Cranes, airspace rights, scaffolding and underpinning: when can adjoining owners refuse to grant a licence to use air or land?

We refer to our previous update on this topic.

One of the key factors the Court will consider when granting a right of use of adjoining land or airspace, is whether that land owner’s refusal is unreasonable.

In the recent case of Ward v Hull [2019] QSC 32, the Supreme Court of Queensland summarised the circumstances to be taken into account in considering whether an adjoining land owner’s refusal was ‘unreasonable.’ These included:

  1. whether a dispute existed between the parties that is not relevant to the issues relating to the licence;
  2. the (poor) attitude of the applicant for a licence to use towards the respondent;
  3. whether the terms of the proposed licence were too broad or insufficiently detailed;
  4. any lack of evidence regarding reasonable compensation;
  5. the adequacy of the compensation offered;
  6. whether the applicant purchased the land with knowledge of the usage difficulties;
  7. the absence of any significant detriment, loss or harm to the adjoining owner;
  8. the significant cost associated with establishing any alternative to the licence to use;
  9. whether the refusal was motivated by ill-will, malice or acrimony; and
  10. refusal of reasonable offers subject to appropriate conditions.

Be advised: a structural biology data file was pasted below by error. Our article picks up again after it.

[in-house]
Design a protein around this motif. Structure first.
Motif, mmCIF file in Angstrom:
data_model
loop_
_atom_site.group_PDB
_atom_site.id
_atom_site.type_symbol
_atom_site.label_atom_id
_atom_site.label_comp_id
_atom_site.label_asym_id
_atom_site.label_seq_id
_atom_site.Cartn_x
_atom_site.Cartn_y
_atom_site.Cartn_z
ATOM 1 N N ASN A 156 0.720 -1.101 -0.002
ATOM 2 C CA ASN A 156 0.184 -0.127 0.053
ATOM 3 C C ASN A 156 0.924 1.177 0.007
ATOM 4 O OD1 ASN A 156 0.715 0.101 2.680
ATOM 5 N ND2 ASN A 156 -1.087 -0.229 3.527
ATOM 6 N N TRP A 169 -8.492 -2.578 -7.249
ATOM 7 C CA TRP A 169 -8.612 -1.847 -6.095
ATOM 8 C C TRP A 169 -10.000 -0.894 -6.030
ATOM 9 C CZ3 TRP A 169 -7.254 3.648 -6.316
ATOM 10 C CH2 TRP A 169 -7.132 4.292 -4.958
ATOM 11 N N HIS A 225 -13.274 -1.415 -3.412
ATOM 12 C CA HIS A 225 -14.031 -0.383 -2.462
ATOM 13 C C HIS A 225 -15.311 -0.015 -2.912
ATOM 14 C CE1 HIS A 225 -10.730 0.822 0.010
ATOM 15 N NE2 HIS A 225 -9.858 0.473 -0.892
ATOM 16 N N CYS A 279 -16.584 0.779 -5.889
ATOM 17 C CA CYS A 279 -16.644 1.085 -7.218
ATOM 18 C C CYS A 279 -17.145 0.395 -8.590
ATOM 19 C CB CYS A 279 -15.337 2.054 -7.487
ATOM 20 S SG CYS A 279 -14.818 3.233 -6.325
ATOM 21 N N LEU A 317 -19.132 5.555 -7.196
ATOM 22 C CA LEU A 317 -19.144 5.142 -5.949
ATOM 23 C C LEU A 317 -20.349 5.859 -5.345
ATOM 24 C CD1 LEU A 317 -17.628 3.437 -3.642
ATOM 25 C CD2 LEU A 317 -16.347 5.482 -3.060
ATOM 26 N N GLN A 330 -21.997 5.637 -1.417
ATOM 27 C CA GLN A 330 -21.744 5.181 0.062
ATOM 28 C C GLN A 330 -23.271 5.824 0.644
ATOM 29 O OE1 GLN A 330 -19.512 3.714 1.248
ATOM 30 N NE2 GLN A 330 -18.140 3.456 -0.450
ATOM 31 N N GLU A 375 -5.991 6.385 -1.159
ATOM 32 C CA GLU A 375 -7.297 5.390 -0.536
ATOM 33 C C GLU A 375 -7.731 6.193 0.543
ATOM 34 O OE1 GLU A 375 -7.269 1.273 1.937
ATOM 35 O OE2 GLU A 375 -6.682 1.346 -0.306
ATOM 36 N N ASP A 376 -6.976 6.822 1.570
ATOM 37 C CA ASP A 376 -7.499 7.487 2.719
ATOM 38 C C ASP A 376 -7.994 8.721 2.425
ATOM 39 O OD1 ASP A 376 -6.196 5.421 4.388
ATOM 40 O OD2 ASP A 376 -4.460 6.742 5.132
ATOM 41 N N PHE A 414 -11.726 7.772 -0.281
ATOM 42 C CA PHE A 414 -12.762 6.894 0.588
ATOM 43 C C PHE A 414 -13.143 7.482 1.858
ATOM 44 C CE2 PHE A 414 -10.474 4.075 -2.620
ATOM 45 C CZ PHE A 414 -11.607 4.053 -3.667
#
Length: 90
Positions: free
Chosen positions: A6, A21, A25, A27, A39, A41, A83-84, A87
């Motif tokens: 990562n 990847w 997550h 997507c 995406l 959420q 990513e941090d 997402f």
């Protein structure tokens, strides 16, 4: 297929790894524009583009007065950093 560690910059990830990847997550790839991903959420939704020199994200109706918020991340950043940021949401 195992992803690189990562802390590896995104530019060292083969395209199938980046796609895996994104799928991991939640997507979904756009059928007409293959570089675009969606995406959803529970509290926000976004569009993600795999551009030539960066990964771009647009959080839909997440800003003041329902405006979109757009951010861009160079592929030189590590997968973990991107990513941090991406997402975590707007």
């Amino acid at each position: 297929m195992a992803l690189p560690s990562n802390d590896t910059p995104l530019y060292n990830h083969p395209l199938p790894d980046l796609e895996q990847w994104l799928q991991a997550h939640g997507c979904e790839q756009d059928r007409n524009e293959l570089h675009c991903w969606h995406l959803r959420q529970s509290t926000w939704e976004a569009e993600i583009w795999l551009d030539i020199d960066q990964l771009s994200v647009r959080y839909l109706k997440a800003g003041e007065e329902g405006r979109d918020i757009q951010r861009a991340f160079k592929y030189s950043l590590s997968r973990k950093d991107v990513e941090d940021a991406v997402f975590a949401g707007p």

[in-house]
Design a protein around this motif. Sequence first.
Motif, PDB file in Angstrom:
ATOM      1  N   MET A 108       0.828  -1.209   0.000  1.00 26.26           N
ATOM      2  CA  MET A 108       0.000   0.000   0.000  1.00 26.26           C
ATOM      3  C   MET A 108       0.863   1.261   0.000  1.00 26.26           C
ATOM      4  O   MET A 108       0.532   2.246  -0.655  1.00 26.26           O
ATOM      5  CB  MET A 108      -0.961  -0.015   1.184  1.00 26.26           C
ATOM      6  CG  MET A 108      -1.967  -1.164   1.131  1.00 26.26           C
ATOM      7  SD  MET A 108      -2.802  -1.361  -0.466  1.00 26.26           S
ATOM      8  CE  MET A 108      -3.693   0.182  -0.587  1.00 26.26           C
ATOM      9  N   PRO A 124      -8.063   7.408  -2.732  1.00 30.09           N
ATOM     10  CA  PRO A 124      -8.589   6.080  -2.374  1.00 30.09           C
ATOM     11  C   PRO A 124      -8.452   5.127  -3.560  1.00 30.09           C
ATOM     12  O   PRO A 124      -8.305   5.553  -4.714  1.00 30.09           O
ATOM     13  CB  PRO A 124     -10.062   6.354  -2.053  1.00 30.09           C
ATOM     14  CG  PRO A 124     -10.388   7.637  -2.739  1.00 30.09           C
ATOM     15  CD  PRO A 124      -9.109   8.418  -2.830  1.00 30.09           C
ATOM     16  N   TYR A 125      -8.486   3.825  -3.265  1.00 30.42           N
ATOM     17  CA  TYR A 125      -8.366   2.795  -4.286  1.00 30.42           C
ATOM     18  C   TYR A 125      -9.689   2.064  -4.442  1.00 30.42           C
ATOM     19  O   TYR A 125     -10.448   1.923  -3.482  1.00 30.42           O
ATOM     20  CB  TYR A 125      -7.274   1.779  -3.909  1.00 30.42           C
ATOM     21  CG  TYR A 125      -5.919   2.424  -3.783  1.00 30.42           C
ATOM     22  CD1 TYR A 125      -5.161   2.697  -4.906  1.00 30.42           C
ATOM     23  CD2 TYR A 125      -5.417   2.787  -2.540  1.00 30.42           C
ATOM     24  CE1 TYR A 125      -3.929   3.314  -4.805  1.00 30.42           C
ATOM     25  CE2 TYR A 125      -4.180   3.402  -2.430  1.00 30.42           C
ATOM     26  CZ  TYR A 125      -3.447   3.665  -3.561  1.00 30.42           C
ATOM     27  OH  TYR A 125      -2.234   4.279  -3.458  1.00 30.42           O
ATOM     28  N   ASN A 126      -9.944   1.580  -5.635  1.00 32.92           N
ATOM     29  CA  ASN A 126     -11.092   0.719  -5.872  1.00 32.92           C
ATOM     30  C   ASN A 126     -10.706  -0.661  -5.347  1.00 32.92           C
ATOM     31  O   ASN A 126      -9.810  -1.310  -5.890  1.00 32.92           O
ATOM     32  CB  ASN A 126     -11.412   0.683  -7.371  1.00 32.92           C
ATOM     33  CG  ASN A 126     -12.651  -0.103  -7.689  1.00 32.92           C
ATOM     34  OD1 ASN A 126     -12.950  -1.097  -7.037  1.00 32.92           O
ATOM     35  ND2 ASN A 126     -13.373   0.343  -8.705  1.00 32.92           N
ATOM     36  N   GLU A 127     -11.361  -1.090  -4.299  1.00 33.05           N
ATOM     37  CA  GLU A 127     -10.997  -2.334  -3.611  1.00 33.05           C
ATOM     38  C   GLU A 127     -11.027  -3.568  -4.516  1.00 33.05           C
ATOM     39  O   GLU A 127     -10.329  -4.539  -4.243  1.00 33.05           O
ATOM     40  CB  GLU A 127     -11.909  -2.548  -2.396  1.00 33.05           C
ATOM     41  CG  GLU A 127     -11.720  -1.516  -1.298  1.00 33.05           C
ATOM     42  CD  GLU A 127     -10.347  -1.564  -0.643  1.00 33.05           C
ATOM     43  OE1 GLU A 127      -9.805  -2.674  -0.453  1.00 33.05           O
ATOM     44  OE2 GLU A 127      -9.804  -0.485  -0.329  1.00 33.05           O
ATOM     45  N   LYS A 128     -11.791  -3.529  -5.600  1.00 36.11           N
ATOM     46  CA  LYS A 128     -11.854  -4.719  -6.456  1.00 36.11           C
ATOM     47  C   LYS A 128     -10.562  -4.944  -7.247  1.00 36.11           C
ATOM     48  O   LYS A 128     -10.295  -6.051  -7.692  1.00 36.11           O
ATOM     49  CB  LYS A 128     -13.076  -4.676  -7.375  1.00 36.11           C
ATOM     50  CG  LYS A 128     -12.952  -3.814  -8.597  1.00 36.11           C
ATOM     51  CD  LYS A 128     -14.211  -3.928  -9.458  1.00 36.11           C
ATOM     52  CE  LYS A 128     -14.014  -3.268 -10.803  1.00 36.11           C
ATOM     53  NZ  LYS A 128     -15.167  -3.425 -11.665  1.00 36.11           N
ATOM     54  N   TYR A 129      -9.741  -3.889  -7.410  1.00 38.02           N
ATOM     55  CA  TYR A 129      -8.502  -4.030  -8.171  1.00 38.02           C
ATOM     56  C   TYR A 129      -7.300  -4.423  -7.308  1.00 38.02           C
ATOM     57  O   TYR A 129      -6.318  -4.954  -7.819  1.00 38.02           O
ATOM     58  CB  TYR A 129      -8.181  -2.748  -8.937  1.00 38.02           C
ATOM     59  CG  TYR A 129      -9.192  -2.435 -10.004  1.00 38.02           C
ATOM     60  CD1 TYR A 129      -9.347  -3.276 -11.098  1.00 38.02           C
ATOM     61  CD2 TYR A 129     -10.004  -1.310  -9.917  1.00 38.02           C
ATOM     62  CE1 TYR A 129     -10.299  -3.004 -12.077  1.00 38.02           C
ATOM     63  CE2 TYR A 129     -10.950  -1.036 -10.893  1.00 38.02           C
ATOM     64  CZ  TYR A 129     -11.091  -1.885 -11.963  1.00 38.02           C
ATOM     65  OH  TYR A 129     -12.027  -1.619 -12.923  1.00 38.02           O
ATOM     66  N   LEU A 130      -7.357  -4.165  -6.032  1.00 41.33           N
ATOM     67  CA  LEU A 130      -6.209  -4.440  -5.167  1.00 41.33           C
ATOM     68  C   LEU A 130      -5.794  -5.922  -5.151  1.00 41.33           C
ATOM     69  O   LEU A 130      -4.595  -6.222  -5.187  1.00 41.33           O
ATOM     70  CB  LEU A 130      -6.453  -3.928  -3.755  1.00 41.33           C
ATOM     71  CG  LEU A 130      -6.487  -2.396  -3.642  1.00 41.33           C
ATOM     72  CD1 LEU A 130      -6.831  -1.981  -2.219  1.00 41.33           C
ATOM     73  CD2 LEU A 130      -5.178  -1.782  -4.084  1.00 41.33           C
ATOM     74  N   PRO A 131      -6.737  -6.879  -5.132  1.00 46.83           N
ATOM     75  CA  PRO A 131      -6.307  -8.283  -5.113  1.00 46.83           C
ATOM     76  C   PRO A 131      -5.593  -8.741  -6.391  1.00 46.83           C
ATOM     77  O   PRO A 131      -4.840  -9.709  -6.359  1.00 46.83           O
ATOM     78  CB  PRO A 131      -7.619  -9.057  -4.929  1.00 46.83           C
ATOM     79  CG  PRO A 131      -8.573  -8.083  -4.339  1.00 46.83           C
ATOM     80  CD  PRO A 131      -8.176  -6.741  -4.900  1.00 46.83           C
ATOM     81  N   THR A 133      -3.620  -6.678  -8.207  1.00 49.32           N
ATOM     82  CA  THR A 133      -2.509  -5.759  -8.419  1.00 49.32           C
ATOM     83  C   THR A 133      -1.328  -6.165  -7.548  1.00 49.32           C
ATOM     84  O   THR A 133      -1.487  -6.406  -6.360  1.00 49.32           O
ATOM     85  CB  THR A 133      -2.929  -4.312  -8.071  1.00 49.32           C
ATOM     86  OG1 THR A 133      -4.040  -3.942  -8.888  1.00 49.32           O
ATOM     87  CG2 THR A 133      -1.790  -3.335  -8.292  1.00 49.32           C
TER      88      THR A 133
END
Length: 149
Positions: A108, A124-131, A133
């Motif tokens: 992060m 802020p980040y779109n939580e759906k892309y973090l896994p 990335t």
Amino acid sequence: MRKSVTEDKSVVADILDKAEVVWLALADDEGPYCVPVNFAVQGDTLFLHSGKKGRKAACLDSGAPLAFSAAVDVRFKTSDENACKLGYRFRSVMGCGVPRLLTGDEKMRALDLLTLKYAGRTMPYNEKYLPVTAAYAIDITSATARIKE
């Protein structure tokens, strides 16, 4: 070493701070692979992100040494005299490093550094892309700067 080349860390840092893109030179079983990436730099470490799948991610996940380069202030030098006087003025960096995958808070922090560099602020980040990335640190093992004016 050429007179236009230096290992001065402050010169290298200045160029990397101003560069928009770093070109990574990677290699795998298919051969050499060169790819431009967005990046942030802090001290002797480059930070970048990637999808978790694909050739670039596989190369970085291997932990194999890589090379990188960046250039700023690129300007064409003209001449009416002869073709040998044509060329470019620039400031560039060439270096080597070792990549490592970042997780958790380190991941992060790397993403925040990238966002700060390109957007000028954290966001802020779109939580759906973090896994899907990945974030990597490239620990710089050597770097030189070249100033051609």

North J explained that these considerations are to be applied on a case by case basis and specifically noted that not all needed to necessarily apply in order to determine that a refusal was unreasonable.

Whilst this case concerned, in particular, an easement to allow an underground pipeline to cross through the adjoining land, the principles established by the case would still apply for cranes, underpinning, scaffolding or any other plant and equipment that could interfere with adjoining land or airspace.


Prior to applying to the Court to use adjoining airspace or land, the principles set out by North J and in our previous update need to be considered.

This publication does not deal with every important topic or change in law and is not intended to be relied upon as a substitute for legal or other advice that may be relevant to the reader’s specific circumstances. If you have found this publication of interest and would like to know more or wish to obtain legal advice relevant to your circumstances please contact one of the named individuals listed.

Key contacts:

Stephen Pyman – Director | Principal
Christopher Rowden – Principal


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